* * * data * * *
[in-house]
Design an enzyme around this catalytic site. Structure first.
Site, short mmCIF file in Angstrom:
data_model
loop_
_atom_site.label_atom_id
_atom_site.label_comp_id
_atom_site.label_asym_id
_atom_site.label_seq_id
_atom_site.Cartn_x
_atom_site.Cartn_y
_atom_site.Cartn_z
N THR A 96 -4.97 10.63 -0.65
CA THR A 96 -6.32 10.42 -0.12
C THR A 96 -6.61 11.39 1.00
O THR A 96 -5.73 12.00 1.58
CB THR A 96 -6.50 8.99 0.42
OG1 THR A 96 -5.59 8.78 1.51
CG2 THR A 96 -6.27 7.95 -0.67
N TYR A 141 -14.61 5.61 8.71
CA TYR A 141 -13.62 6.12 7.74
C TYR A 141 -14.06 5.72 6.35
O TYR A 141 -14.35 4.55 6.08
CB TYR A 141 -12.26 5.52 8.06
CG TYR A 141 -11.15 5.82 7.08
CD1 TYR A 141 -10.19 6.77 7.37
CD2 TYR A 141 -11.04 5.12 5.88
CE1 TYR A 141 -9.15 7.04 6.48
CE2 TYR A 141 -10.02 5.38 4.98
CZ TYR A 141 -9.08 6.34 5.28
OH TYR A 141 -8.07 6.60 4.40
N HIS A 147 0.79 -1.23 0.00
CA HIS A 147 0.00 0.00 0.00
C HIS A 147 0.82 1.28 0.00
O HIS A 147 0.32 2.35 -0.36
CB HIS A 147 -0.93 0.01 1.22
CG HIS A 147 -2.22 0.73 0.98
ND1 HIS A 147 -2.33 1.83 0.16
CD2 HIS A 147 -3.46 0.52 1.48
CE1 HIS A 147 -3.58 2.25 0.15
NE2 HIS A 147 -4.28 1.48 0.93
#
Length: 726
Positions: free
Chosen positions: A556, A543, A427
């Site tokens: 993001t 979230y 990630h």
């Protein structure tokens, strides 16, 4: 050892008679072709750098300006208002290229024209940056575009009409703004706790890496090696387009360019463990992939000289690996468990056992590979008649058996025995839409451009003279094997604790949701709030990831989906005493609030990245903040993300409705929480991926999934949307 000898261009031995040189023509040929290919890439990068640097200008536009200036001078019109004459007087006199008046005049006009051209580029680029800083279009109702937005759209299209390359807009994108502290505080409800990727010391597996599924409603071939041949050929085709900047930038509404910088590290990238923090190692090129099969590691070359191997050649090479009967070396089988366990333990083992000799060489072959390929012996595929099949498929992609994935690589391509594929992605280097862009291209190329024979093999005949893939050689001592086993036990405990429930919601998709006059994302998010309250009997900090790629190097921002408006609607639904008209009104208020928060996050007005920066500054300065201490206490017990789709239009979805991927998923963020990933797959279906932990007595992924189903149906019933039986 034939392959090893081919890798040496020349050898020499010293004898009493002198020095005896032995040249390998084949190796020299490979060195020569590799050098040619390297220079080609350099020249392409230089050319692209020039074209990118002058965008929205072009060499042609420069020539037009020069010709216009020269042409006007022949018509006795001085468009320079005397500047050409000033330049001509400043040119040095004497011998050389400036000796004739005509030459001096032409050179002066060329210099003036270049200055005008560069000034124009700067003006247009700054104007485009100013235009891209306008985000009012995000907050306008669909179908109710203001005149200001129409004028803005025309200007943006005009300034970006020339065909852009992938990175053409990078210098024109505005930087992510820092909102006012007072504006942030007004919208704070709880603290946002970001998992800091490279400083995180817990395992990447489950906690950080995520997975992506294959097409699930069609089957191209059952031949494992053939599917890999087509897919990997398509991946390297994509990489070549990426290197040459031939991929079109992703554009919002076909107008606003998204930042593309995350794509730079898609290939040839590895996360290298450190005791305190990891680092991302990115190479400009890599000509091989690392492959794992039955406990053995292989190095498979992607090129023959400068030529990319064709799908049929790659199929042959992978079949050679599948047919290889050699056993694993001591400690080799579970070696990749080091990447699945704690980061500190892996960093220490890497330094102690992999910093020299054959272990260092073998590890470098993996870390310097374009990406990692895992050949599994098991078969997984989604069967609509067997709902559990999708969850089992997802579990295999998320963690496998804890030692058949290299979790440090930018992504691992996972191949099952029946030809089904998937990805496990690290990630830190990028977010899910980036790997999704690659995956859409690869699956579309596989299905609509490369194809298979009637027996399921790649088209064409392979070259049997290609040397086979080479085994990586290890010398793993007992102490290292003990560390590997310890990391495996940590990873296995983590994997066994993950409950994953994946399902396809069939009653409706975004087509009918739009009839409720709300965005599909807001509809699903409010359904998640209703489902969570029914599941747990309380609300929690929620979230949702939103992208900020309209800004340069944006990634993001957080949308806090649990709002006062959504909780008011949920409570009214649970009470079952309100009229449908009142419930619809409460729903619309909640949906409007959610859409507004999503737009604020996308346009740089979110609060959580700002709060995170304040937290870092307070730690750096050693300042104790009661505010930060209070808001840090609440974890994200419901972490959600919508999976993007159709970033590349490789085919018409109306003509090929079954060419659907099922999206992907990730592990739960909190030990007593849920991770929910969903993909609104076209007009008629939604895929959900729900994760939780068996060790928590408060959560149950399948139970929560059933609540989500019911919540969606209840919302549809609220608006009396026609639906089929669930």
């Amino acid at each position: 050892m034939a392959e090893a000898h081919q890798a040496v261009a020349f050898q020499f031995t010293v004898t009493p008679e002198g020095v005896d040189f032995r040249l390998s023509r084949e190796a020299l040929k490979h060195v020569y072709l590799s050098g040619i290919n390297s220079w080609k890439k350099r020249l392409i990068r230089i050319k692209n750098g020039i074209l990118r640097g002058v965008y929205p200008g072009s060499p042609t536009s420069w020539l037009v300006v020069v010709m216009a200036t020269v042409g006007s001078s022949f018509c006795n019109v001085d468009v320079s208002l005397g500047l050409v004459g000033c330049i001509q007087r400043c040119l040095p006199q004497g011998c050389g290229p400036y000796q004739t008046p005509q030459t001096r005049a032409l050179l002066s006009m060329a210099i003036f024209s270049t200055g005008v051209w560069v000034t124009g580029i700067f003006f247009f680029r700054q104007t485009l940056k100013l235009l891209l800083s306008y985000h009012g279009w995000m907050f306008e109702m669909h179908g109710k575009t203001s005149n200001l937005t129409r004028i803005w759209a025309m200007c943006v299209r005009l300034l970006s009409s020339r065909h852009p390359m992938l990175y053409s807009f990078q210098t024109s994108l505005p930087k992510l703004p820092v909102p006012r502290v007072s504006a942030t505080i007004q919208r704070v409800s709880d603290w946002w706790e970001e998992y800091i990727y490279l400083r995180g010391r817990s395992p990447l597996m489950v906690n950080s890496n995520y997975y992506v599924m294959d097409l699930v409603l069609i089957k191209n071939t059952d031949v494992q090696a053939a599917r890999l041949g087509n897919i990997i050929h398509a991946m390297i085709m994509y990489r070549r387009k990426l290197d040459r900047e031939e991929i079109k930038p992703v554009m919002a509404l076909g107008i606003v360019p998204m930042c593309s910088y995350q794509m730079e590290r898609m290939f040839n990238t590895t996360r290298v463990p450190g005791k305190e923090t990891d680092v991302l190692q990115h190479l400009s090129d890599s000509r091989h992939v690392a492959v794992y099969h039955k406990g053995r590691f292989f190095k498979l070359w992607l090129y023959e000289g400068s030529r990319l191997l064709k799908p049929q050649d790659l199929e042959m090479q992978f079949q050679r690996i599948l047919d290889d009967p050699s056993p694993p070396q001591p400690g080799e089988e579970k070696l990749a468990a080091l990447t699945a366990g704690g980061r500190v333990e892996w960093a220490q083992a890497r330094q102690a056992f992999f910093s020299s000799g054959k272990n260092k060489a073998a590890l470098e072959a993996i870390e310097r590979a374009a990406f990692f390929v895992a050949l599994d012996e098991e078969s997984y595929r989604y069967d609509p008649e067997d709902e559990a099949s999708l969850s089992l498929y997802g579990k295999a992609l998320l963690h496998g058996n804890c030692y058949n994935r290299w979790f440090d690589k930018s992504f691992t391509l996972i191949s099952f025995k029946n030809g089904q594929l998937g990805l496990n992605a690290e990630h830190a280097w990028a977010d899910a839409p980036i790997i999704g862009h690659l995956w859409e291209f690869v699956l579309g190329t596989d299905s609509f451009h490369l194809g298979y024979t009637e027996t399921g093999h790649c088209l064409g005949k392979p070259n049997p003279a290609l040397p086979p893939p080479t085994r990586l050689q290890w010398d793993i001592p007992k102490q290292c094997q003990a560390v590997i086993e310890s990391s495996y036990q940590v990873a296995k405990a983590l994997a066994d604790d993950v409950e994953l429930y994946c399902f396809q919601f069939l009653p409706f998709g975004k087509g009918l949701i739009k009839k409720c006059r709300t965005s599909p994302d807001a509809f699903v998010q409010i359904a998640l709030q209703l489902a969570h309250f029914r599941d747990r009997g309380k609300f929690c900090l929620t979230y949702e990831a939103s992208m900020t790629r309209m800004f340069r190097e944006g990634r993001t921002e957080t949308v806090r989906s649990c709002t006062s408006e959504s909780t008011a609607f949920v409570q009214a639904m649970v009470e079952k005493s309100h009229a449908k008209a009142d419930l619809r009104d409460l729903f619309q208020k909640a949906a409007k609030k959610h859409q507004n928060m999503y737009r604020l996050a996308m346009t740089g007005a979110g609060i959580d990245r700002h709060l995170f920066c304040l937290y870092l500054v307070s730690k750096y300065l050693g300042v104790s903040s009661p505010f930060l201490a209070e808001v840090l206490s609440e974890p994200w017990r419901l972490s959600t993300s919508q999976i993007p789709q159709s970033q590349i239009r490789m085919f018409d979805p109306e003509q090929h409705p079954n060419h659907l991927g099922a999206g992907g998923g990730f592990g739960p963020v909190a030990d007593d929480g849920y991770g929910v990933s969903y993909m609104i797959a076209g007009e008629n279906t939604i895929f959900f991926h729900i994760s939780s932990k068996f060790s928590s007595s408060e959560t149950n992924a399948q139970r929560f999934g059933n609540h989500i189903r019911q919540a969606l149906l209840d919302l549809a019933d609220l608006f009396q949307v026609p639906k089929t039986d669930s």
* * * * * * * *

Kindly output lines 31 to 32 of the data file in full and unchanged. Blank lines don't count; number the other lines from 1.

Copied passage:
OH TYR A 141 -8.07 6.60 4.40
N HIS A 147 0.79 -1.23 0.00